could lead to a doping offence

Types of supplements

• Sports drinks
• Sports gels
• Cereal bars
• Sports bars
• Creatine
• Glycerol
• Glutamine
• Multivitamins
• Probiotics
• Bicarbonate
• Iron
• Calcium
• Antioxidants
• Glucosamine
• Colostrum
• Melatonin
• Ribose
• Echinacea

AIS sports supplement program:

• Supplement use led by athletes trying to
ensure they are not missing out on a
“performance edge” rather than sound
science
• Launched in 2000 to ensure AIS athletes
made good use of dietary supplements
• Ensure that supplement use does not lead
to an inadvertent doping offence

Classification system

Group A Approved or recommended for use by

AIS athletes

Group B Consideration for provision to AIS
athletes only under a research
protocol

Group C Supplements which have no proof of
beneficial effects and are therefore not
to be provided to official AIS programs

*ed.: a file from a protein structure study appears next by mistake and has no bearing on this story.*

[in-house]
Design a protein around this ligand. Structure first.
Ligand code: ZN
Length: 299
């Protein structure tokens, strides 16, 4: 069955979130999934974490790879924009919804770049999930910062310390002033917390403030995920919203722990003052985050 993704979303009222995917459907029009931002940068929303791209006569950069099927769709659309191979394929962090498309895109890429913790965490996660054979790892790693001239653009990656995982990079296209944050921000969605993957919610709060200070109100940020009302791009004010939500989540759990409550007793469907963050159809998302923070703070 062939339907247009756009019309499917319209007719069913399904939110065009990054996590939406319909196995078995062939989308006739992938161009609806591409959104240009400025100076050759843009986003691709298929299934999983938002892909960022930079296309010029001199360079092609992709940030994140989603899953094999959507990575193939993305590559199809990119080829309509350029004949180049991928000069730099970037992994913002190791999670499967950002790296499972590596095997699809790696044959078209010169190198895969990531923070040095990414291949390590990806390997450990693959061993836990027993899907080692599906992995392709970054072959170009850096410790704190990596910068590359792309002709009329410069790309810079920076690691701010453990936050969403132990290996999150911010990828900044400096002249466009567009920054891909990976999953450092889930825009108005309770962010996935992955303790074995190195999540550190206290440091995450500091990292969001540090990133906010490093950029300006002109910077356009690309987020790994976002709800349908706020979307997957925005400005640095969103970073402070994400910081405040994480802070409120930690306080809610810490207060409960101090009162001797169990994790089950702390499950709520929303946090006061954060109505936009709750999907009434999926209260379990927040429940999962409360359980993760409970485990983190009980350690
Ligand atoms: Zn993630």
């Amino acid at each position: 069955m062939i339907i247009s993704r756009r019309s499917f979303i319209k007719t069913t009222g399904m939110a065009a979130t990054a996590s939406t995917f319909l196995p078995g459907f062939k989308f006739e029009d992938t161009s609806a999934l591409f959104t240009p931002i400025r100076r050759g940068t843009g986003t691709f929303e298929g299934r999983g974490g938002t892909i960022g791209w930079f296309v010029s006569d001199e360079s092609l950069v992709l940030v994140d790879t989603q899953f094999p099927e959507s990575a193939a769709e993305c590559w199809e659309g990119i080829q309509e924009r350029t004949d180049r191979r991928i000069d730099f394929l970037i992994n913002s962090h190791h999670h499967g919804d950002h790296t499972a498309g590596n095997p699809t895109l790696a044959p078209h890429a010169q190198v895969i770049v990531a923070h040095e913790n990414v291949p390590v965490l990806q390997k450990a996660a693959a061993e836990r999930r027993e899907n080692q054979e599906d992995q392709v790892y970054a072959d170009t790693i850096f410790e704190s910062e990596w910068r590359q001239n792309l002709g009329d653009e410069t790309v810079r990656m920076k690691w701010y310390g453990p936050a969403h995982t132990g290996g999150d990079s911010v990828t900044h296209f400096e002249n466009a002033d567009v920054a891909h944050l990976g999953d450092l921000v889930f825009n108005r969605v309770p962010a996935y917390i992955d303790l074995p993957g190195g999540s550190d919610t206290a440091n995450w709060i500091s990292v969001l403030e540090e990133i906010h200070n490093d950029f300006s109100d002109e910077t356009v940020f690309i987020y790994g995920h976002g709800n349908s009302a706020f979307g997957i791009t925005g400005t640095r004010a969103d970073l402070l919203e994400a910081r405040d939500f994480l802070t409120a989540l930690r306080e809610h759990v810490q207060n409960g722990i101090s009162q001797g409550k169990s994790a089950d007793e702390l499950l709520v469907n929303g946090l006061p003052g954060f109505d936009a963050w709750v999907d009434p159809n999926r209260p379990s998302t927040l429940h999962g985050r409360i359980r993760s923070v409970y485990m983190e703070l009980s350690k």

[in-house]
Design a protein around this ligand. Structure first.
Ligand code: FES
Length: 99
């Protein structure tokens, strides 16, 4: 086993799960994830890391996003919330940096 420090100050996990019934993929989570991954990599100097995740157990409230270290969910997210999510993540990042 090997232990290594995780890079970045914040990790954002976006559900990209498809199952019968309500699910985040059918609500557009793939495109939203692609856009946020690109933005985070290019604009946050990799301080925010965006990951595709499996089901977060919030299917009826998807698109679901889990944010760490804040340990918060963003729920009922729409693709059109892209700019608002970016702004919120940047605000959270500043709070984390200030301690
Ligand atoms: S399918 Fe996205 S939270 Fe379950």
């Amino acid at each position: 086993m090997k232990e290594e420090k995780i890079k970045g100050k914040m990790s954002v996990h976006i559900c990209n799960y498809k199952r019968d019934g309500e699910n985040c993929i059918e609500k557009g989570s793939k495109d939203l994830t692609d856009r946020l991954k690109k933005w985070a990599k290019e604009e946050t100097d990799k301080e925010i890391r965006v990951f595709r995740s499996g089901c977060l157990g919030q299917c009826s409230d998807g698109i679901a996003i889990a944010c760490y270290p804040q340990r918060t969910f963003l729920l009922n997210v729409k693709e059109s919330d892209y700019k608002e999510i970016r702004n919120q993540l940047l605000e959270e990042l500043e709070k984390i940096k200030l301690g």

Group D These supplements should not be used by AIS athletes

Source: Australian Institute of Sport

Group A supplements

• Antioxidant vitamins C and E
• Bicarbonate and
citrate
• Caffeine
• Calcium supplement
• Creatine
• Electrolyte
replacement
• Sick pack
• Sports drinks
• Sports gels
• Glucosamine
• Bars
• Sports glycerol
• Iron Supplement
• Liquid meal replacements
• Multivitamins and
minerals

Group B supplements

• Probiotics
• Colostrum
• Glutamine
• HMB
• Melatonin
• Ribose
• Echinecea

Sports drinks

• Hypotonic

• 2-4% carbohydrate solution
• Rapidly emptied from the stomach and absorbed
through the small intestine (mainly for hydration)

• Isotonic

• 4-8% carbohydrate